Pumps run dry as strike continues
PETROL stations around Cape Town have started running dry as a result of the petroleum industry workers strike, with some saying they have just enough fuel to last until this afternoon.
Workers affiliated to the Chemical Energy Paper Printing Wood and Allied Workers Union downed tools on Thursday following failed salary negotiations.
Weekend Argus contacted service stations yesterday, and many said they were experiencing shortages.
A few said they were still supplying fuel but their reserves were dwindling.
A service station manager in Diep River said his station had enough fuel for the weekend, but they were beginning to run short.
The effect of the strike will not only be felt by service stations and motorists; companies which supply fuel are also feeling the pinch.
Chevron spokeswoman Suzanne Pullinger said yesterday they were doing everything possible to maintain supply.
“Chevron has prepared for the strike in an effort to reduce the impact on motorists. Refinery operations are continuing and we are doing as much as possible to maintain the supply of fuel to our network of Caltex stations,” she said.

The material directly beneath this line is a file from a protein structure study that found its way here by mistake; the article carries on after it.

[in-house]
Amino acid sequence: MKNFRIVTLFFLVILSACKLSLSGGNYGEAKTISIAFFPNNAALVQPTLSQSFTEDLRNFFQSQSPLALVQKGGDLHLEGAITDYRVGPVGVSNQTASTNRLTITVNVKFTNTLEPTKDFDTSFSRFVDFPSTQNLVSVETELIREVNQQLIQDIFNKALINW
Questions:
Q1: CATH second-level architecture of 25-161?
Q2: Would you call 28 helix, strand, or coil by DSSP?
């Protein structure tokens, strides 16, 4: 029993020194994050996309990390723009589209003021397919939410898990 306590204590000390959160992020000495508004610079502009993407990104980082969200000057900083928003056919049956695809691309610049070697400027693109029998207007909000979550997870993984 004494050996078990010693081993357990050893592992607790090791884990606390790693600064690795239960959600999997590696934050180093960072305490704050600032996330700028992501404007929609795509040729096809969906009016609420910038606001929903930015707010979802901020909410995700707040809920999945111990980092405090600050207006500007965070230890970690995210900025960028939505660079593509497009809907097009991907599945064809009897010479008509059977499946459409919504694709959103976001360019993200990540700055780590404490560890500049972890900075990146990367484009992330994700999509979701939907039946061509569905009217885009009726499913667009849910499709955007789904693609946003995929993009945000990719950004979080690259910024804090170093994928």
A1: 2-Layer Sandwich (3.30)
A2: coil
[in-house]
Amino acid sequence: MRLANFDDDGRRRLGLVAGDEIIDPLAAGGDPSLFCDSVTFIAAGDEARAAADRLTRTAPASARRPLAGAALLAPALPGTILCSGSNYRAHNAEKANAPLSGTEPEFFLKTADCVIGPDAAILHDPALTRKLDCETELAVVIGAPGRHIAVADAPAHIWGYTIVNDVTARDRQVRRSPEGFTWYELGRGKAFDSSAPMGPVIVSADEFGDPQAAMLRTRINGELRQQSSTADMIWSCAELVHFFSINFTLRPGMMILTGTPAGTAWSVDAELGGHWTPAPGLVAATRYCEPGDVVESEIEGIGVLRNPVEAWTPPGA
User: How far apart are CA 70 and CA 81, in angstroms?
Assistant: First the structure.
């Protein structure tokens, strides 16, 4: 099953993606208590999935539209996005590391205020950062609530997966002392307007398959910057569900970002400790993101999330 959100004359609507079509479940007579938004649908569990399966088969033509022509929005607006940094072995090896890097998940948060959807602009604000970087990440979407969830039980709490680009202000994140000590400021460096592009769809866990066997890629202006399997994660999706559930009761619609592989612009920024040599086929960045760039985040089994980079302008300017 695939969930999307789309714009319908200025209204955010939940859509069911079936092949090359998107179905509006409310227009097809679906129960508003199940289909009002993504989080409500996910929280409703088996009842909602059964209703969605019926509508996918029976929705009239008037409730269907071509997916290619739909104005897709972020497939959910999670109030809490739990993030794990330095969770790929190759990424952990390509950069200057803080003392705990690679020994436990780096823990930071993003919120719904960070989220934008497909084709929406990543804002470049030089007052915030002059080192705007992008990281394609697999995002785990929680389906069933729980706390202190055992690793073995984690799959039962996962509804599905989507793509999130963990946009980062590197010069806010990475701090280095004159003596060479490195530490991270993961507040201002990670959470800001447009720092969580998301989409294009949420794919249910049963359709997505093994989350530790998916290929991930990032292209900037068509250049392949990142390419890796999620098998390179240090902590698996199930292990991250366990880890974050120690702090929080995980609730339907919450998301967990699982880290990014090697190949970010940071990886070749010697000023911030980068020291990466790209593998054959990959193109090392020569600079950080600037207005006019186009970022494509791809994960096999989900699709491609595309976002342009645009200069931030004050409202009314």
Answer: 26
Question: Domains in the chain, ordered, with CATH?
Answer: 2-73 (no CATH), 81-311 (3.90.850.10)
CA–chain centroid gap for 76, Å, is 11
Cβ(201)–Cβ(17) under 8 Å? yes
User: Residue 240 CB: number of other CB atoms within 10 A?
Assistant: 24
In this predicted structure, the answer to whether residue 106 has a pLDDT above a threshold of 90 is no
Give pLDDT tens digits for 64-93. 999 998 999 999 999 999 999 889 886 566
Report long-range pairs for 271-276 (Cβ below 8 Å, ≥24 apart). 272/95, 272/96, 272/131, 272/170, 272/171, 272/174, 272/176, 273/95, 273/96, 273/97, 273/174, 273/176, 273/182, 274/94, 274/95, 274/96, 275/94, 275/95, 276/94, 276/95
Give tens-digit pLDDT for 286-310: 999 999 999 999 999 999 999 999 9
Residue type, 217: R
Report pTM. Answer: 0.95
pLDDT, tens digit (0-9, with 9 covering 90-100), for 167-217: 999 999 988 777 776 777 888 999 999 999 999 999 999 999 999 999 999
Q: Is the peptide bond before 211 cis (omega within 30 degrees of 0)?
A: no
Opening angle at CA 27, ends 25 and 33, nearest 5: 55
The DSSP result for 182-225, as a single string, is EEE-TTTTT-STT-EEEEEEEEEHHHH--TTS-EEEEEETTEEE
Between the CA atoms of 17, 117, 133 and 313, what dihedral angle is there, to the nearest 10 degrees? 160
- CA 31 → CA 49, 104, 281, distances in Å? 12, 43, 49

But she said the safety of staff, the public and the environment were Chevron’s top business imperatives.
“We are monitoring the situation closely and will adjust our contingency plans to address any potential knock-on effects that may arise from the strike,” Pullinger said.
Late yesterday the National Petroleum Employers Association (NPEA) confirmed the strike stemmed from a deadlock in the annual wage negotiations with Ceppwawu.
The union is proposing a 9 percent increase for a single year agreement, while employers want a two-year agreement by which employees will get a 7 percent increase in the first year and an increase linked to the April 2017 CPI plus 1.5 percent in year two.